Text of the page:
Thai Green Curry With Crispy Roast Chicken | Cooking With Bells On

Thai Green Curry with Crispy Roast Chicken, Shiitake Mushrooms, and Bok Choy

It is way too tempting to order in for dinner in New York City, particularly when the temperature outside is 12° and any of 200 or so nearby restaurants will bring food to you at the click of the button.

Thai Green Curry with Crispy Roast Chicken and Basil and Lime Wedge Garnishes

But now that Spring has arrived it’s time to muster up a little resilience against the lure of take-out containers and bicycle delivery men. In the name of saving a little more money to go towards our dream projects, Brian and I sat down a week ago and decided that our beloved takeout had to go. You see, even though we eat well, we still have a general budget of how much we spend on food each week; our weekly $30+ ramen/sushi/thai delivery indulgence ends up tacking an extra 20% onto that budget. Listen guys, if I learned anything from my job in finance, it’s that you don’t want drive up your expenses.

Crispy Roast Chicken, Basil, and Lime Wedges to Top the Curry

Well, delivery dinner may be so last week, but that doesn’t mean the food we had delivered has to go, as well. Recently I found myself craving some warm and spicy thai green curry, and so I sent myself into the kitchen to recreate this take-out favorite. As I was planning the dish, it occurred to me that I might be able to improve it a bit by giving the protein some respect and cooking it separately. For the rest of the dish, I played it fairly traditional, staying true to the flavors I craved – peppery ginger, fragrant lemongrass, creamy coconut milk, and tender Asian vegetables. What resulted was a lush bowl of thai curry, topped with a bit of succulent roast chicken that had a perfectly crispy skin. I hope you enjoy it as much as I did.

Thai Green Curry with Crispy Roast Chicken, Mushrooms, and Bok Choy

Serves 2

Thai Green Curry With Crispy Roast Chicken | Cooking With Bells On

I loved this curry served on its own, almost as more of a soup. However, if you feel like you’re missing some starch, or if you just can’t imagine having curry without anything to sop up all the delicious liquid, go ahead and serve it over rice.

I noted in the ingredients that the fish sauce is optional… but saying so pains me. I made this dish twice, once forgetting the fish sauce and once including it, and I have to say that the fish sauce really brings the dish together. It’s like the anchovies in Caesar salad – you don’t know that they’re there, but it definitely doesn’t taste right without them. Having said that, if you’re the type that is iffy about the idea of anchovies in your salad dressing, then you can certainly leave the fish sauce out of your curry. You can find fish sauce (nam pla) in the Asian aisle of most grocery stores.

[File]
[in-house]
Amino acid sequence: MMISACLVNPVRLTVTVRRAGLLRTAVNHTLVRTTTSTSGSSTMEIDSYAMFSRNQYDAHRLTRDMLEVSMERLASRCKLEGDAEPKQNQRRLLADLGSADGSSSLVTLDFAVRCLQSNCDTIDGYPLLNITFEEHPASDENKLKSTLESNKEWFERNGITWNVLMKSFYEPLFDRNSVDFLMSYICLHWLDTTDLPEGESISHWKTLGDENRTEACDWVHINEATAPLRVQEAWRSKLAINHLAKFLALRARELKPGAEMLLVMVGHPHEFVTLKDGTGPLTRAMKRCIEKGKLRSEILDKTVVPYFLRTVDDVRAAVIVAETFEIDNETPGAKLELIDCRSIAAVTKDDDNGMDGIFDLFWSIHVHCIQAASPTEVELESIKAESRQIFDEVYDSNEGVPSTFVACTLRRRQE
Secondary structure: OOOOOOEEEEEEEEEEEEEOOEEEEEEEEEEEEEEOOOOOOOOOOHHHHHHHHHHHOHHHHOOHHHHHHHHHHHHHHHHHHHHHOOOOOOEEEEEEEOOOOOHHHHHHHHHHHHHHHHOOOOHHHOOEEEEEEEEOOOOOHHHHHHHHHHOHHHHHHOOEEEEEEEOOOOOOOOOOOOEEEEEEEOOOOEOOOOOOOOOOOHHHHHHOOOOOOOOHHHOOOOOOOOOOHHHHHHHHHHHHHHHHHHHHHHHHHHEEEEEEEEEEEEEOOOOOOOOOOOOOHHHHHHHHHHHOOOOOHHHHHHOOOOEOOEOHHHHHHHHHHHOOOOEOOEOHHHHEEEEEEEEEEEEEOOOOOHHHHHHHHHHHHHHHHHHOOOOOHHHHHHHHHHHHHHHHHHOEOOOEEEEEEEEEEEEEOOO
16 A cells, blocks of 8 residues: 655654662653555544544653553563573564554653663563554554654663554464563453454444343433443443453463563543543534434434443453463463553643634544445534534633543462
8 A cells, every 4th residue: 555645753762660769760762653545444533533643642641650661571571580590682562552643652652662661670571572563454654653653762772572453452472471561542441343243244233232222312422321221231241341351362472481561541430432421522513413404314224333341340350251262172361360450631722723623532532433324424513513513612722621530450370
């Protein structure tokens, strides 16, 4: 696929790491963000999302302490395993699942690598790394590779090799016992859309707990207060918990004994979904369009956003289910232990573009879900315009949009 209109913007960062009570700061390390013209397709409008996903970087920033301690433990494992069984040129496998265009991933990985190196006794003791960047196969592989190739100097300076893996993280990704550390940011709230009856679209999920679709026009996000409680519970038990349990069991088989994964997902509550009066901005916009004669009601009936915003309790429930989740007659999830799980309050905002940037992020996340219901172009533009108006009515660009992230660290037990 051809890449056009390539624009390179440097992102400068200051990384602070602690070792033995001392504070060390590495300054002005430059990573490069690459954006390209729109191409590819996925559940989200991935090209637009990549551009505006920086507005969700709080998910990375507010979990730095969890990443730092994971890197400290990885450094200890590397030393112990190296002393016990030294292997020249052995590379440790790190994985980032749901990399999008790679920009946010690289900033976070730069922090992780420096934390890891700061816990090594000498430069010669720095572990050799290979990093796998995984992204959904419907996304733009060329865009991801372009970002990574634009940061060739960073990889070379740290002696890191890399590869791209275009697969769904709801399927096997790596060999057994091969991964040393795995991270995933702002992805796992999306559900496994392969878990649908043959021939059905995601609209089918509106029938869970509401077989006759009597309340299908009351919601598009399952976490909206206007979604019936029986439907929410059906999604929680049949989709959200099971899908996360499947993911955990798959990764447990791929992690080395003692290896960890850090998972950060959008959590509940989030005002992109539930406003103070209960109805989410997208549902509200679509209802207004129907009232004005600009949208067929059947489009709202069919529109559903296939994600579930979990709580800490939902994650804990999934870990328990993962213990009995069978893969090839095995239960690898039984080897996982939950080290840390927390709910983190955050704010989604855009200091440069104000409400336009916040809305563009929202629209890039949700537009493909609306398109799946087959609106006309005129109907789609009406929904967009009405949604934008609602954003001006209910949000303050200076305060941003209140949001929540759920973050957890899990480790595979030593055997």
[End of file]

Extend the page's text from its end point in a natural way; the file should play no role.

Ingredients:

2 chicken thighs, skin-on and preferably bone-in

2 tbsp butter or ghee

sea salt and red chili flakes

1 14 oz can coconut milk

2 tbsp green curry paste

1 finger-sized piece of ginger, cut into 3 strips vertically

2 stalks lemongrass, split lengthwise and bashed with the blunt side of a heavy knife

2 tsp. fish sauce (optional)

1 cup chicken broth

2 large handfuls shiitake mushrooms, sliced (substitute cremini or button, if necessary)

2 baby bok choy, quartered lengthwise

small handful basil leaves, sliced into ribbons, to garnish (optional)

2 lime wedges, to garnish

Sear and roast the chicken: Preheat the oven to 375º and place a pan over high heat. Allow the pan to heat for several minutes until it’s blazing hot. Meanwhile, coat the chicken thighs with the butter or ghee and season the skin with salt and chili flakes. (The best way to do this is to allow one hand to get messy with the butter and use the other hand for seasoning.) Place the chicken thighs skin side down in the hot pan and season the upward facing side. Sear for two or three minutes until the skin gets crispy, then flip and cook for two more minutes on the opposite side. Remove the chicken to a baking dish and place in the oven to finish cooking, about 15 minutes.

Prepare the curry: While the chicken is cooking, place a saucepan over medium-high heat on the stove. Pour in the coconut milk and bring to a boil. Allow to reduce by 1/3. After the coconut milk has concentrated a bit you can whisk in the curry paste. Add the ginger slices, bashed lemongrass stalks, fish sauce, and chicken broth. Bring to a boil, then simmer for five minutes. Once the ginger and garlic have steeped and fully perfumed the curry base, fish them out with tongs.

Add the vegetables: Set the chicken aside to cool a bit after it has finished cooking in the oven. With the curry base over medium heat, add the shiitake mushrooms and cook for about three minutes, until they begin to get tender. Add the bok choy to the curry, cover, and allow to steam for another two or three minutes. The curry is ready when a fork will pierce the bok choy with little resistance.